My love letter to Lovecraft

The sciences, each straining in its own direction, have hitherto harmed us little; but some day the piecing together of dissociated knowledge will open up such terrifying vistas of reality, and of our frightful position therein, that we shall either go mad from the revelation or flee from the deadly light into the peace and safety of a new dark age. –from “The Call of Cthulhu”

But how on earth does someone who can compose the wonderful simile of the ruins “protruding uncannily above the sands as parts of a corpse may protrude from an ill-made grave” manage to let themselves write, not a page later, that the “brooding ruins … swelled beneath the sand like an ogre under a coverlet”?Kenneth Hite on Lovecraft

The BBC recently broadcast a radio show examining the life and continuing influence of H.P. Lovecraft. Lovecraft is the early 20th-century writer of weird fiction who invented the Cthulhu Mythos and penned many stories of “cosmic horror.”

I am extraordinarily fond of Lovecraft’s writing. In fact, I’d certainly place him amid the crowd of writers whose work has inspired or influenced me throughout my reading life. One thing that intrigues me about Lovecraft is that he’s not a terribly good writer in any traditional sense of the word: his recognizable-from-a-mile-away writing style is often clumsy and obsessed with clunky words like “cyclopean” and “squamous” (for a challenge, fit those into your next everyday conversation); his characters are often poorly developed (and there’s pretty much one female mentioned–once–in the entire body of his work, and she’s a centuries-old undead witch); and he consistently sidles too close to Goofiness when he’s trying to evoke Creepiness.

But he’s got one thing that more than compensates for any technical failing of his writing: sheer, unadulterated vision. You can see it lurking behind every awkward, adjective-laden phrase, in every earnest description of a monster that’s supposed to be horrifying but instead comes across sounding like a hippopotamus-headed tentacled frog. And every great now and then, his vision breaks out of the cheesiness of his writing style and knocks you over with its pure brilliance. Occasionally, amidst all the mad scientists and squid-faced flying ooze monsters, you catch a sanity-shattering glimpse of what Lovecraft is really scared of: a universe that doesn’t care, in which mankind and all he’s accomplished is just an unnoticed aberration of evolution. Lovecraft throws all that overwrought prose at you to keep you distracted, and then when your attention is diverted, he punches you in the gut with the existential awfulness of his vision.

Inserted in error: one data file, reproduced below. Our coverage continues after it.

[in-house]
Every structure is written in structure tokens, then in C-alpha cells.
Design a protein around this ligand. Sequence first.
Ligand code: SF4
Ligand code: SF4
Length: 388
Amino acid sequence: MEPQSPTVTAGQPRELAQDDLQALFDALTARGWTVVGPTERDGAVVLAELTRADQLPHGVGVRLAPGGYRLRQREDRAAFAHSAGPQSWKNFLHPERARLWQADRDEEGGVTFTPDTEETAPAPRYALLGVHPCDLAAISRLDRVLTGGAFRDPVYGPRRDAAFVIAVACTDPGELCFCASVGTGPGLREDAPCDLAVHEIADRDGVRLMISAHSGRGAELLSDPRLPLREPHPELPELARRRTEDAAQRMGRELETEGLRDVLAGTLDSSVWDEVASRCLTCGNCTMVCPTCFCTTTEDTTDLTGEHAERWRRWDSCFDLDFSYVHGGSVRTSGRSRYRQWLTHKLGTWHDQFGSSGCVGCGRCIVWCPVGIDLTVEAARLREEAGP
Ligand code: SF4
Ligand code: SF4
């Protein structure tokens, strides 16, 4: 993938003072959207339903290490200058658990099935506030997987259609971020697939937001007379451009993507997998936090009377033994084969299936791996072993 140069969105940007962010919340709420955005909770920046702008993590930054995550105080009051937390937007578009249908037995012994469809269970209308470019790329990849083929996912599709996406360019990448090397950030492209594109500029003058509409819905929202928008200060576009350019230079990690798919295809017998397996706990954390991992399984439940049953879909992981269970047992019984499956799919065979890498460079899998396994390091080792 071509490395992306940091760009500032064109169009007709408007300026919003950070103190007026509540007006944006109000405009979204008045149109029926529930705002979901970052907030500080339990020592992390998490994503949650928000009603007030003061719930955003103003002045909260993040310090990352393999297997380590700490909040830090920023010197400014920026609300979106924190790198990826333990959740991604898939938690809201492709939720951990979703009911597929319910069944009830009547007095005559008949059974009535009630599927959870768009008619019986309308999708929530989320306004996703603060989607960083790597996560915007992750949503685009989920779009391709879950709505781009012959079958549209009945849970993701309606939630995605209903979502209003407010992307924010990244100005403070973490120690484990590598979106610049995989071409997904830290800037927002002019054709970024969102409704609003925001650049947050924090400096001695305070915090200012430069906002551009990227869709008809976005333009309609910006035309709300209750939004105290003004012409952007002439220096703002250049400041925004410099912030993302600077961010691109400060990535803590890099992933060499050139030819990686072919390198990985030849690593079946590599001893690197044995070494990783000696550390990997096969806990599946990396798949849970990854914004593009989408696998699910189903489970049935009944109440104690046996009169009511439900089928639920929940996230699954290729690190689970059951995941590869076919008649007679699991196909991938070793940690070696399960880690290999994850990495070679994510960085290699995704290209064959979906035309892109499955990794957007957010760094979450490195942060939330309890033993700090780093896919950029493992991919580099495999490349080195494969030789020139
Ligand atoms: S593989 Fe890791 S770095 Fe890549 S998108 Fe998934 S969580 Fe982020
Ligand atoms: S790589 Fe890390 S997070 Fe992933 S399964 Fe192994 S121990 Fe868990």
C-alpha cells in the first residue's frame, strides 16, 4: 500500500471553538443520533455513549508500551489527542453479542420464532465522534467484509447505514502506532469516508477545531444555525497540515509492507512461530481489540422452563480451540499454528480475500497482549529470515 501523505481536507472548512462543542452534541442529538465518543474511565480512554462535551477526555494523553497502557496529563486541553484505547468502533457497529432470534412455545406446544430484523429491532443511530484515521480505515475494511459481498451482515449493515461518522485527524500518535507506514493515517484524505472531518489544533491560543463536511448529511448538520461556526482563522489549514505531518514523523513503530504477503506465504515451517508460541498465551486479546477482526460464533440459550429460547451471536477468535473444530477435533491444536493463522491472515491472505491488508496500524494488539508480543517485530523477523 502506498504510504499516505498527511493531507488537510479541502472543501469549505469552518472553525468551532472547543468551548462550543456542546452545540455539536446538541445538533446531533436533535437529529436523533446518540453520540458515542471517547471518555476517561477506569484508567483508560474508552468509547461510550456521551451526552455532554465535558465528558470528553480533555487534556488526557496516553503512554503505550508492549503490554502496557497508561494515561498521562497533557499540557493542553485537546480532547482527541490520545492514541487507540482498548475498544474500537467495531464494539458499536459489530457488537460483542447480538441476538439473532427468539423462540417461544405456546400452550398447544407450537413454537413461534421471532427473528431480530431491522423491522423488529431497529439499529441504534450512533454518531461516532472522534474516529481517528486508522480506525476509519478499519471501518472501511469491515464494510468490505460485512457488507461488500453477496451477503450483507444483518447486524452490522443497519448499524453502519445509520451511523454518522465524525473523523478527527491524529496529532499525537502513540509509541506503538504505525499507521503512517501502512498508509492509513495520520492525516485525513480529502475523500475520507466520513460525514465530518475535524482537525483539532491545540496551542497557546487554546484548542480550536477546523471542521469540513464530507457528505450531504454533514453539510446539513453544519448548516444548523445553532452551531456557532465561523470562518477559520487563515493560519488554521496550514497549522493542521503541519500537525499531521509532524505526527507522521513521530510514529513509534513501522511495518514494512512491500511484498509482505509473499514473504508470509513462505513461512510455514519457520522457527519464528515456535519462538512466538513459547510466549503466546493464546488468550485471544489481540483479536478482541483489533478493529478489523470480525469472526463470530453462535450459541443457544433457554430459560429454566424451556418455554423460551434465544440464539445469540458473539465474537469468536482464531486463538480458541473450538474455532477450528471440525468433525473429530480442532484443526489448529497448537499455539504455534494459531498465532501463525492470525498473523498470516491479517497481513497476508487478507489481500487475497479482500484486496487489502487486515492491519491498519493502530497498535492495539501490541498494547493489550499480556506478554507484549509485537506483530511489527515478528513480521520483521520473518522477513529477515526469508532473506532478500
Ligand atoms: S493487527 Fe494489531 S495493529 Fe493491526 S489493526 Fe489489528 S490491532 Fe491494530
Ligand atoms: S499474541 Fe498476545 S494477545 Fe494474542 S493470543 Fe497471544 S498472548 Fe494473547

At the risk of turning him into a cheesy inspirational figure, I like Lovecraft because he’s an example of somebody whose ideas were so compelling that his writing deficiencies simply didn’t matter. In fact, the strength of his vision and the earnestness with which he pursued it actually took that sometimes-awful prose and made it a work of art in its own right. In religious terms, his ideas redeemed the clumsy way in which he communicated them.

My own introduction to Lovecraft came in the form of a computer game, actually–Infocom’s The Lurking Horror. In college I found a collection of Lovecraft stories and, one spring, I spent many a sunny Michigan afternoon reading almost everything he’d written. “The Shadow Over Innsmouth” and “At the Mountains of Madness” were my instant favorites, along with some of his lesser-read, dreamlike short stories. Then followed the superb Call of Cthulhu roleplaying game (a must read for Lovecraft fans, even if you’ve no intention of playing it) and the realization that some of my other favorite horror stories (Stephen King’s It, for instance) were essentially Lovecraft fan fiction.

All this to say: if you’ve not had the joy of reading Lovecraft, you really ought to head down to your local library and check out a collection of his stories. And a few links if you want to delve a bit deeper:

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